Silhouettes are images where the subject or subjects are totally blacked out against background of a sky or setting/rising sun.
There are usually two parts to a silhouettes: capturing it in-camera; and perfecting it in post-processing. In this tutorial we will briefly cover both of those aspects of creating silhouette images.
Photographing the Silhouette
The key to photographing silhouettes is to meter for the brightest spot in the sky, other than the sun. Doing that will make the shutter speed much faster than it was previously, and block out all the light that is on your subject.
What does it mean to “meter?”
It is easiest to answer that question with a hands-on demonstration. Okay, put your camera in MANUAL mode, then look through your view finder (eye piece you look through). Do you see a little line graph with tick marks or number line? That is your meter.
When the big tick mark that moves gets to the MIDDLE, the exposure is where you want it (with some caveats).
- If you are in Spot Meter mode – the areas where your focal point is what the camera is exposing for
- If you are in Center Weighted mode – the camera is exposing for the center of the image
- If you are in Matrix mode – the camera is exposing for the center plus the areas near the four corners
To best meter for the sky, put your metering mode into either spot or center-weighted. Once you have that done, here are the steps to create your silhouette:
- Point your camera to the brightest part of the sky (not the sun)
- On a Nikon, with your “pointer” finger, use the top scroll wheel to move your tick mark to the middle, to be under the zero. On a Canon, use your thumb and move the back scroll wheel/circle to move your tick mark until it is under the main tick mark in the middle of the line
- Focus on the subject (can be tricky if the light is getting low) and press the shutter release
Are you completely lost at this point? No worries! Click HERE to download (FREE) the lesson on metering in my Everyday Photography PDF workshop. Hopefully it will connect a few dots and you’ll be on your way to a beautiful silhouette!
Shutter Speed Alternate Technique
If the whole metering-thing is bogging you down, just think Sx3 (read that “S times 3”). Are you thinking “Say what?” What I mean by Sx3 is “super shutter speed.”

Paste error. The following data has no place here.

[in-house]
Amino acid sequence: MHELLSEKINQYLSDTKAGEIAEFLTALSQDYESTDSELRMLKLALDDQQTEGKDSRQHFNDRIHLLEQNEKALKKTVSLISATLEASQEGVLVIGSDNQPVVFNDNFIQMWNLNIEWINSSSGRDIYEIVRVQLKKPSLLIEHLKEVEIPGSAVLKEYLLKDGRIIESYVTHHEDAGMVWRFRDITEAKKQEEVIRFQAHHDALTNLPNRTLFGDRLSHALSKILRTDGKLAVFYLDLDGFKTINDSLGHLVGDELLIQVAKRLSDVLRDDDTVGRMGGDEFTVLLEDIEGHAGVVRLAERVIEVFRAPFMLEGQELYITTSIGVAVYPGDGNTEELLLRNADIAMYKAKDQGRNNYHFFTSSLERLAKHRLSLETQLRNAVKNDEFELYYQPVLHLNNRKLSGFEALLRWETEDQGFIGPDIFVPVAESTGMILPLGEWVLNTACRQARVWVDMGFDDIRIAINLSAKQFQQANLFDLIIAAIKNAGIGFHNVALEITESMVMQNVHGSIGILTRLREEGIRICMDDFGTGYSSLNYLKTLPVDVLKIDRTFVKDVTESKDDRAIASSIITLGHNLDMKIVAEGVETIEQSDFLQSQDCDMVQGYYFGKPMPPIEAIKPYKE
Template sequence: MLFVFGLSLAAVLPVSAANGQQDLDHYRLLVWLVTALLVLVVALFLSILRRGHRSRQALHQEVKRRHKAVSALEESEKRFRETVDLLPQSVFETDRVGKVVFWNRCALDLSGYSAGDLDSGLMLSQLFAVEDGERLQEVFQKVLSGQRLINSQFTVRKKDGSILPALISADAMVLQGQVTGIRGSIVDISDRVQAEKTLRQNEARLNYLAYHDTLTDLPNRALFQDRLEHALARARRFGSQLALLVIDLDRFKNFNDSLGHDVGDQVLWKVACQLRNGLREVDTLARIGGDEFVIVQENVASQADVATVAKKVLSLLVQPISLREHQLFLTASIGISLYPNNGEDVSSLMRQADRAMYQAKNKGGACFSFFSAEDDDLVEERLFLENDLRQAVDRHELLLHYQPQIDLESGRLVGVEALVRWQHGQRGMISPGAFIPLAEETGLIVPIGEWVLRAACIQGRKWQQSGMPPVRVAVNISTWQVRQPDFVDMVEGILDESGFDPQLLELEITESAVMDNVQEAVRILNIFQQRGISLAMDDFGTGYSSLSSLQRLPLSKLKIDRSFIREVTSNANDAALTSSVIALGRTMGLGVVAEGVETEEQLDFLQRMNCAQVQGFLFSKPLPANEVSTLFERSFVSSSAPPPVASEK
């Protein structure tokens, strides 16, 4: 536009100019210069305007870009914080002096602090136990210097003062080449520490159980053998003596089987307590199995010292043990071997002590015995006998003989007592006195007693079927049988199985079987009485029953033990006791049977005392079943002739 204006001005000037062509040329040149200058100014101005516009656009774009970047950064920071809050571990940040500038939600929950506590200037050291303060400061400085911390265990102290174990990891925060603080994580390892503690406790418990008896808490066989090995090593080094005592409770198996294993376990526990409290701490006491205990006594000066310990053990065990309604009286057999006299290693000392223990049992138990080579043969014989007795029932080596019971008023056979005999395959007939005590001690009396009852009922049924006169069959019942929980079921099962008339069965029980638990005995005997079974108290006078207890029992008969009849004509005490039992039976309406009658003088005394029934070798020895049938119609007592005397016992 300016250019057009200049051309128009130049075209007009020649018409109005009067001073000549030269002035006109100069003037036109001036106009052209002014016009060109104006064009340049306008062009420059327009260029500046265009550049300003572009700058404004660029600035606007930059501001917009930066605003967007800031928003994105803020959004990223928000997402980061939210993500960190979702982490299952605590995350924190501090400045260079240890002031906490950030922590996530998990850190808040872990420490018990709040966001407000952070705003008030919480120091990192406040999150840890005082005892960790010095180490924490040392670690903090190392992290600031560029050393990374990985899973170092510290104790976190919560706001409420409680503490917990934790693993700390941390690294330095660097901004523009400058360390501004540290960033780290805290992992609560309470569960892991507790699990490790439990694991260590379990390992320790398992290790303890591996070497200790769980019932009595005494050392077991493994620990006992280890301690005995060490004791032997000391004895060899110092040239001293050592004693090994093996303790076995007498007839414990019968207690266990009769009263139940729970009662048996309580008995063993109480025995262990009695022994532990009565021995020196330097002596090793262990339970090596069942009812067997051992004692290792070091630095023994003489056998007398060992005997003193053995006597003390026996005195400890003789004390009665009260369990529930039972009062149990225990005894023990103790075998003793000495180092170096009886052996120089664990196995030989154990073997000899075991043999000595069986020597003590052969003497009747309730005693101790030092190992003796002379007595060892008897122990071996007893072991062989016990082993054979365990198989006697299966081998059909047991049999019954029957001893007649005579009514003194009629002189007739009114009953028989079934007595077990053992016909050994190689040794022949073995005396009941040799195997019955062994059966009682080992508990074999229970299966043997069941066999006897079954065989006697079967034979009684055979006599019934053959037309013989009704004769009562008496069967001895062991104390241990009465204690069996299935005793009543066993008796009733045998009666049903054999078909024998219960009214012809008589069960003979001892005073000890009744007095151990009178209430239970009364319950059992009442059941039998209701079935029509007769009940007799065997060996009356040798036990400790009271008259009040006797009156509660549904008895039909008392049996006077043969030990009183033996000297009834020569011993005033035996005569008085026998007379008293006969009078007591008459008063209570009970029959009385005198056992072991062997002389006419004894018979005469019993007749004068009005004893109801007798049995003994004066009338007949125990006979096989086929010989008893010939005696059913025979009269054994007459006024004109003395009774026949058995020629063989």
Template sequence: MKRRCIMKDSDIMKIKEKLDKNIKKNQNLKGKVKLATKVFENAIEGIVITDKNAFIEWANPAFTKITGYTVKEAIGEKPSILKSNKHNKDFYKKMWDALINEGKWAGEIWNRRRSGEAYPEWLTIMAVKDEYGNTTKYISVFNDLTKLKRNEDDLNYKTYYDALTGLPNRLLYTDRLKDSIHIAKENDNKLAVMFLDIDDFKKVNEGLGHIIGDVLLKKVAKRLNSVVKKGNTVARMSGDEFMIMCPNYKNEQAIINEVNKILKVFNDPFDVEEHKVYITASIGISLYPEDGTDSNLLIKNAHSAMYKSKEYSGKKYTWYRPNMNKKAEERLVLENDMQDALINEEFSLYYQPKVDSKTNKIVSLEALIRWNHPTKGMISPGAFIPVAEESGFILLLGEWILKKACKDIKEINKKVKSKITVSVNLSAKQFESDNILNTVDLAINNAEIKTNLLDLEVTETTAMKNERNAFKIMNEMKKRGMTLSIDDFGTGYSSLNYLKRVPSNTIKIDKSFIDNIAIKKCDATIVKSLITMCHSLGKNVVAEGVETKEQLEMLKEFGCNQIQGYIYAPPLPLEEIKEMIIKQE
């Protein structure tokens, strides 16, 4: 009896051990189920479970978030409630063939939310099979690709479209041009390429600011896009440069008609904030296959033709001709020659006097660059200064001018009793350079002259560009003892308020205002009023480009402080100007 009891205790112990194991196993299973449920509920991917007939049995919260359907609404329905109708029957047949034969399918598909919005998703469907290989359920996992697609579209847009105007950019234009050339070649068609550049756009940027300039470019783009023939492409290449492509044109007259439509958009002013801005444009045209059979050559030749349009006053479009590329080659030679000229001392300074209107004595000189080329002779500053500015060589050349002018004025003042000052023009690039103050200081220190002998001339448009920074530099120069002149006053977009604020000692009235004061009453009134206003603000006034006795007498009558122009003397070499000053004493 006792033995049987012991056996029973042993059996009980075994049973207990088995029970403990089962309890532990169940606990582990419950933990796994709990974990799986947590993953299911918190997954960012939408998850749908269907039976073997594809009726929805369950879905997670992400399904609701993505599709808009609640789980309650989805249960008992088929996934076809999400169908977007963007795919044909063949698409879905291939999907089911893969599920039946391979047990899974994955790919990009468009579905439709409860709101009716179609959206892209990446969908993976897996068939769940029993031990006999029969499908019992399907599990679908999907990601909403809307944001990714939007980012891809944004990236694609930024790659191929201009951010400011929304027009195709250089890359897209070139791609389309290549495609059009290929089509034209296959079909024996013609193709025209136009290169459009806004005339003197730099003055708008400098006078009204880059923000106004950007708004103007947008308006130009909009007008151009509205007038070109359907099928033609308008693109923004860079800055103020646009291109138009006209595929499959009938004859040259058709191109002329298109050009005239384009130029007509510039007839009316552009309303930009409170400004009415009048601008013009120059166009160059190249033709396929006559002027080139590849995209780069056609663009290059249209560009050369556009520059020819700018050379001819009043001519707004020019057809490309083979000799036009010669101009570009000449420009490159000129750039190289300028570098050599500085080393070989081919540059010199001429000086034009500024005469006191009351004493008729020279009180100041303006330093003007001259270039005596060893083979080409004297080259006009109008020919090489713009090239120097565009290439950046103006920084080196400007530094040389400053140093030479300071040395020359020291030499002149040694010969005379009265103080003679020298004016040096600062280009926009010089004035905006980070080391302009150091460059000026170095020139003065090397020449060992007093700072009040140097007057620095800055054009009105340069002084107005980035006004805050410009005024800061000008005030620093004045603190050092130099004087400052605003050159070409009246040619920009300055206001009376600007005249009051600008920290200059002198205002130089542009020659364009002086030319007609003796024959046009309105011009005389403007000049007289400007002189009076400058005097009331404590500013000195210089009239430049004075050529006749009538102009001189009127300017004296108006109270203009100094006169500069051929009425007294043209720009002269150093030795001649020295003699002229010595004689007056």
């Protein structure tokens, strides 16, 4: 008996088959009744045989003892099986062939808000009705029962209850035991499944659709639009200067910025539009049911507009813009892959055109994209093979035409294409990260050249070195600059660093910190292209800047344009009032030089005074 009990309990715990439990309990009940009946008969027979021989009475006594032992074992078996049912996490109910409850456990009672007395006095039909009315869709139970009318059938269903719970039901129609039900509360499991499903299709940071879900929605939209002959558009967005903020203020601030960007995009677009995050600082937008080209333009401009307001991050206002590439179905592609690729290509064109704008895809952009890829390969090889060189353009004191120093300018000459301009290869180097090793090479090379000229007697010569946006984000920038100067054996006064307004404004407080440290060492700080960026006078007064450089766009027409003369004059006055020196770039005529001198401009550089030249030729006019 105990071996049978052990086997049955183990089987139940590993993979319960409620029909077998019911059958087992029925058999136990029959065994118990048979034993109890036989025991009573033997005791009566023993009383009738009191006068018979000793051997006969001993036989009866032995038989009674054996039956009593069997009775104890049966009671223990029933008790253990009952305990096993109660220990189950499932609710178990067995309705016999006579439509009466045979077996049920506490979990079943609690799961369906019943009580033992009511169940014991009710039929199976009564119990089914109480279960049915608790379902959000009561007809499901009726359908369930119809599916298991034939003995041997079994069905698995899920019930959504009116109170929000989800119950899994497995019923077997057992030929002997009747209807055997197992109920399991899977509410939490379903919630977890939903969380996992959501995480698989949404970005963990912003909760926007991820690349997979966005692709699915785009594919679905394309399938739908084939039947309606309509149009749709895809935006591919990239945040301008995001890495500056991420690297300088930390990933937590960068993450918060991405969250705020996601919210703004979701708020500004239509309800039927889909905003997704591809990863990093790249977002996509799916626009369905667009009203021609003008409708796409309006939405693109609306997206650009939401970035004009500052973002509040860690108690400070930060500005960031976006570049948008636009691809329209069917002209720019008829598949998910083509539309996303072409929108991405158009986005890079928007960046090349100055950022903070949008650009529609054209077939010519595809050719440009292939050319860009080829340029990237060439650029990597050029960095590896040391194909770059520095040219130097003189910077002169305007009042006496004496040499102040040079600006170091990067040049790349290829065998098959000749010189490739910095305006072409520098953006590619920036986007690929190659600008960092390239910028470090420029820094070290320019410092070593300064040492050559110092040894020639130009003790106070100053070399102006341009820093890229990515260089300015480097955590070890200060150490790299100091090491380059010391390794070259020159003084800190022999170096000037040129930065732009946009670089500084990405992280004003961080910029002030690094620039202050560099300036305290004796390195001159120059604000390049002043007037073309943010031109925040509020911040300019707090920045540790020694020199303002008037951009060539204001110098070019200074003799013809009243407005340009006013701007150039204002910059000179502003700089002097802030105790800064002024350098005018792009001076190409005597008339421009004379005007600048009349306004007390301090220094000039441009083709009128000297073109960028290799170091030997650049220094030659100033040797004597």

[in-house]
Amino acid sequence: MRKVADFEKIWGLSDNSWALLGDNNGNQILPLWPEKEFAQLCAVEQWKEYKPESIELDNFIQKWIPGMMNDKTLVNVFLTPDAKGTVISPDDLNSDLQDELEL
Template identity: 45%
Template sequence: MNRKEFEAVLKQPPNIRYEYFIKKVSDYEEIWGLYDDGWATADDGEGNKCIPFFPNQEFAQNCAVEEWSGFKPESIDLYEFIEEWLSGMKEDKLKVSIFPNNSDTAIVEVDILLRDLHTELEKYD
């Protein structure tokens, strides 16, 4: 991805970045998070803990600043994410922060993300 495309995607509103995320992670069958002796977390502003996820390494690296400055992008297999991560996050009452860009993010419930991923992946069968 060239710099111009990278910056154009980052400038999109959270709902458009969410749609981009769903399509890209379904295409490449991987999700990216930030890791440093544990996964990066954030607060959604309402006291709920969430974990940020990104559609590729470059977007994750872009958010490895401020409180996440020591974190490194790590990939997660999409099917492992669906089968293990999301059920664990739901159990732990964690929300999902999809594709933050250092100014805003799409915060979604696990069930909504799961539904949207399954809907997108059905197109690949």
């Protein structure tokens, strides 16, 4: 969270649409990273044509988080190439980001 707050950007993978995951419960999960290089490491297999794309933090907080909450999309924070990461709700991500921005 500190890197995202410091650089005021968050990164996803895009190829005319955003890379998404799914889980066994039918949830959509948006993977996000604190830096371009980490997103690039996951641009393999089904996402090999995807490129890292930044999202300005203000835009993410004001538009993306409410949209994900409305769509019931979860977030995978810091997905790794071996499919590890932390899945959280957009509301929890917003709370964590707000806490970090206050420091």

When photographing silhouettes, your shutter speed it going to be super fast. The below image illustrates this tip.
Getting just the right brightness for the sky can be tricky, so watch your shutter speed: make it faster if the sky is too bright (not enough drama) and make it slower if the sky is too dark and you want more light to it.
Editing the Silhouette in Photoshop or Photoshop Elements (or Lightroom)
Usually with silhouettes, some part of your subject(s) will still be visible, however slight. You want to darken those areas and it is easy to do with one or two adjustment layers.
- Create a Levels adjustment (click on circle that is half black/half white) and move the black slider to the right a lot
- In that same Levels adjustment, you can move the white slider to the left if you want to brighten the sky some
- To brighten more of the sky, you can do a second Levels adjustment layer, moving the white and gray sliders to the right to suit your image
Here is an image from the same “shoot” as the silhouette above, of my niece doing a split in the air. The image was editing in Lightroom 5, doing virtually the same things. I moved the Blacks to the left, increased the Exposure a bit and used a graduated filter to brighten the sky a bit.
Hello! I’m Amanda, a quirky, introverted Mom of four, who is passionate about helping others learn their cameras and editing software. I also currently homeschool my four kids, ages 13 to 6, all whom run away when they see me carrying my camera.